We went to the kitchen and got some food to nibble on, then went back to the gym to scope out the safest place to sit. That means not giving any dweebs the wrong idea just because you've sat at their table to eat, but not wanting to alienate anyone either. There was one older lady sitting by herself, and trying to keep in mind our attitudes of we're not looking to get married here, just to meet new people, we decided to go sit by her.

Dee, and I don't know if that's her name or not, but I think she said it was, was an interesting character. She too, had gotten all spiffed up for the dance. Well, not exactly according to my definition for getting all spiffed up, but for her, I guess it was. This was, after all, a dance, and she was dressed and there, so I guess it was her definition. She was wearing a pink florally skirt, a pink t-shirt with some sort of character or writing on it, a bandana around her neck, crew socks that had given up their elastic ghost and were crumpled down around her ankles, and an old pair of running shoes. For accessories, she was wearing her Buddy Holly glasses tied with a shoelace. Oh, and there were wads of toilet paper sticking out of her ears. To, you know, drown out the (not) loud swing and easy listening music that was playing.

The toilet paper made for an interesting conversational exchange. She wanted to talk to us, but was unwilling to take out the toilet paper to make it easy for her to understand us. She asked us who was singing this song. Linda, who knows all things musical, immediately said, "James Taylor."

"What?" she hollered back at us.

"James Taylor," said more emphatically and loudly this time. "Either him or his son Ryan."

"WHAT?" she bawled.

"James Taylor!" shouted Linda. "Or his son Ryan, but I'm pretty sure it's James."

"James Taylor," she fairly snorted back. "No it's not. It must be that other one you said, his son. I don't believe it's James. Dan!" She yelled to the DJ sitting 20 feet away. "Who is this singing?"

Dan, rightly so, did not reply or acknowledge her. Dee got up and said, "I'm going to go find out. It's not James Taylor." She got up and started walking over to the DJ table.

Linda muttered, "Oh good. Yes, do go find out. I'm sure I'm right. I hope I win." And Dee, who couldn't hear a shouted conversation from 3 feet away, was apparently perfectly capable of hearing a mumbled comment from 10 feet away, because she turned around and shot Linda a dirty look. All that with the toilet paper still intact.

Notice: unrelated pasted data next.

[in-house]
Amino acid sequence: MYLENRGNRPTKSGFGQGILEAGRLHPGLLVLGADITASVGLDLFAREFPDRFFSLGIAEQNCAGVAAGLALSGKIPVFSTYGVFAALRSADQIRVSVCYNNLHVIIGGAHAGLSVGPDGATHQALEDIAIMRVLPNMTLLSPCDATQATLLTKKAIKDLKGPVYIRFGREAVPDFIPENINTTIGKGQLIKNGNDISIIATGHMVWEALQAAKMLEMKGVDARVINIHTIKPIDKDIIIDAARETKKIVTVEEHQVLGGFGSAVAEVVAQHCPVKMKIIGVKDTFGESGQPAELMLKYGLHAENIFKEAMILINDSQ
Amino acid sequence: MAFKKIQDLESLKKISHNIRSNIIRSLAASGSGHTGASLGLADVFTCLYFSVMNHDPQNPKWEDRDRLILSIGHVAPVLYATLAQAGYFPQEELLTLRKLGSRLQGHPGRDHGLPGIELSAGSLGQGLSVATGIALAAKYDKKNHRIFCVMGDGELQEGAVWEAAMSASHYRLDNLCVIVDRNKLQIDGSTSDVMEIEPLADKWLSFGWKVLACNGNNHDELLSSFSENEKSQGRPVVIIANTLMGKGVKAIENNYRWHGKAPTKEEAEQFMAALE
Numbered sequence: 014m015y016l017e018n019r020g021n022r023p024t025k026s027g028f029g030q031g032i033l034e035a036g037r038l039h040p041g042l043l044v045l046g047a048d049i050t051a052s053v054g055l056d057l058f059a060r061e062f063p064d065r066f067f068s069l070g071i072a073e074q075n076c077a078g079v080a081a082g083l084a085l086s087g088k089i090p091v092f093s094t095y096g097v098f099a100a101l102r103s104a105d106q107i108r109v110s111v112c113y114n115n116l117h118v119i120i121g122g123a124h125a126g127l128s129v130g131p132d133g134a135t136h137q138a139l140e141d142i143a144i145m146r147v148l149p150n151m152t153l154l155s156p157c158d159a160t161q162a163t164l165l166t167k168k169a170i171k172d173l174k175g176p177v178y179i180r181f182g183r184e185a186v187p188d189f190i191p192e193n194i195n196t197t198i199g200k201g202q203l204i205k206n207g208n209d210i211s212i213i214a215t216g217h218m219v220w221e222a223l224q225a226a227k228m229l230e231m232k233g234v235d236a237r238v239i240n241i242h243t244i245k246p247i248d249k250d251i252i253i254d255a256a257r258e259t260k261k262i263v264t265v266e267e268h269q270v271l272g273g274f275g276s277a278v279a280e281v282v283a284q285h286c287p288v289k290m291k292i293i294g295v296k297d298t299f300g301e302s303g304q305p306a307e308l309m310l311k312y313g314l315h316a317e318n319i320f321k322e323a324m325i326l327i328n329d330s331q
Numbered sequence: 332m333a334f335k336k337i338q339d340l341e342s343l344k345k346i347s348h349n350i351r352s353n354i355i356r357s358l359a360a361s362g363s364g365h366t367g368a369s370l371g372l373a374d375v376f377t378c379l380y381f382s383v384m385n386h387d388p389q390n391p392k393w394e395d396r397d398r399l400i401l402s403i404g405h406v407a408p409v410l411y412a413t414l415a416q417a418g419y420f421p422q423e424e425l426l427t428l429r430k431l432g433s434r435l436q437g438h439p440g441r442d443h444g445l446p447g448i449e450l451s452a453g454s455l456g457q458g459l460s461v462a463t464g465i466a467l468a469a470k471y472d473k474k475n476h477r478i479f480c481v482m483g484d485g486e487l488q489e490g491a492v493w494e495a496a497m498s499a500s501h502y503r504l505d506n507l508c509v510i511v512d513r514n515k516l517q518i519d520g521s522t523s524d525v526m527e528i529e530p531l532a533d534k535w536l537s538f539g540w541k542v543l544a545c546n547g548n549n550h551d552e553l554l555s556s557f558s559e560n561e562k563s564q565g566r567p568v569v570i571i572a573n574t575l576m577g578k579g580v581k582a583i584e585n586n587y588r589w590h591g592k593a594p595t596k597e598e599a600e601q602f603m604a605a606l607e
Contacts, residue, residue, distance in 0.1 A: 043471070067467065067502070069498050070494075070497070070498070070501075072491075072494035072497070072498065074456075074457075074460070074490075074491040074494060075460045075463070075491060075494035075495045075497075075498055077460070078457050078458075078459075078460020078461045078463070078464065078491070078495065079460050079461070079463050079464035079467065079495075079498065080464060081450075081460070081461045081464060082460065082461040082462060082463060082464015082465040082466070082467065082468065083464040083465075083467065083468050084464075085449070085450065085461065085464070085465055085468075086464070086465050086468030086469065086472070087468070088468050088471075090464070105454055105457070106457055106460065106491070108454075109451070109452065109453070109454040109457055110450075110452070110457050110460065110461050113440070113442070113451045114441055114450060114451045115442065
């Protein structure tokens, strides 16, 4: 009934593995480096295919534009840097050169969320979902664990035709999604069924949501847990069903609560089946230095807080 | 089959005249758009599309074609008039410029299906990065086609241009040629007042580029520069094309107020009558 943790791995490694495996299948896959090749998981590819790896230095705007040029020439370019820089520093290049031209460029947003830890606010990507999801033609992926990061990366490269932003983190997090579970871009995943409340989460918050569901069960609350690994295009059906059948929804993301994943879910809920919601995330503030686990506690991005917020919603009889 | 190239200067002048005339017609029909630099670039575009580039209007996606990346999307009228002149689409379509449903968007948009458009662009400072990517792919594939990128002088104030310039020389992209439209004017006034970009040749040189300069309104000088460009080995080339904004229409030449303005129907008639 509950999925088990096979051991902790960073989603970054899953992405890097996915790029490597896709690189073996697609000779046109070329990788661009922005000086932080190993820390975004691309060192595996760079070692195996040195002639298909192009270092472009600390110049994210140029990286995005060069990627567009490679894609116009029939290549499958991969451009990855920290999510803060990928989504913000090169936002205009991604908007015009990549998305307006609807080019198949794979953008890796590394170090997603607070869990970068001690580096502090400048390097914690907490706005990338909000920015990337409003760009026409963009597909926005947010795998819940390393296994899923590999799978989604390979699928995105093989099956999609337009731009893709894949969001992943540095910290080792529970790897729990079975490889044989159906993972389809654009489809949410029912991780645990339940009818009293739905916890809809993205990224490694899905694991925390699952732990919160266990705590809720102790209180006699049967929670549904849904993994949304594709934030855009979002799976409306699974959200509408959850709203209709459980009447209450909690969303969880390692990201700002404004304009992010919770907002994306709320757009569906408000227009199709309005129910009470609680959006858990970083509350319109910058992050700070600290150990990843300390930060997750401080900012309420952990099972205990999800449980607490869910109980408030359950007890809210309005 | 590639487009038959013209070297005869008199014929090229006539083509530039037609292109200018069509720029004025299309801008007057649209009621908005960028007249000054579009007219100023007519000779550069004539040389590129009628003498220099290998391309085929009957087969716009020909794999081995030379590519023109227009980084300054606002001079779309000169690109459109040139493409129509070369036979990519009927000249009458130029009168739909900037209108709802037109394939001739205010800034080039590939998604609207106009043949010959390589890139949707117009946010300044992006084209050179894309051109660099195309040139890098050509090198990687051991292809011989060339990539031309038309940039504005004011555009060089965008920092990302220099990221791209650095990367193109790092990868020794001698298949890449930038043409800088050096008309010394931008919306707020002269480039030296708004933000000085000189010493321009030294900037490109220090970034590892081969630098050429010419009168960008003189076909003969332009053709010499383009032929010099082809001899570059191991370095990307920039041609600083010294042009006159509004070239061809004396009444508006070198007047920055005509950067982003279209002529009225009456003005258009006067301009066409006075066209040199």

She wandered back, sat down, and Linda asked, "Well? Was I right? Do I win?" Dee confirmed that it was, indeed, James Taylor, but managed to say it in a way that conveyed she knew it all along.

I won't bother to go into all of our exchanges with her, though there weren't many, they all just went downhill from there. When the next song came on, she asked who was singing that one, and Linda told her Dean Martin. She cocked her head to the side, the better to hear through the toilet paper barricade, and said, "Yes, you're right." Then a women's voice started singing and she said, "Who's that?" Without giving either of us a chance to reply, she went on, "It must be Dean Martin's wife. What was her name?"

I, giving up all pretense of politeness said, "Mrs. Martin," which started the whole "WHAT???" thing again. She then excused herself to go get another baked potato. She brought it back to the table, unwrapped it from the foil and proceeded to eat it dry like an apple. Then she asked me if I had a checkbook. "Not with me," I said, wondering where this was leading.

"I don't have one either. I can't have one. I can't balance a checkbook. Too hard. I just have a day-to-day savings account." And having shared with us her financial accumen, just then noticed that some man she apparently had her eye on was dancing with someone else, so she got up to be closer to the dance area. Only, not just at the perimeter of the dance floor, she actually stood about three feet away from where this couple was standing and just stared at them.

We used that opportunity to observe the other dancers, and nothing had changed. The same six people were dancing with each other, and the other 40 attendees were leaning back in their chairs with their Honey-Baked ham dinners in front of them, clearly with no intention of budging to dance.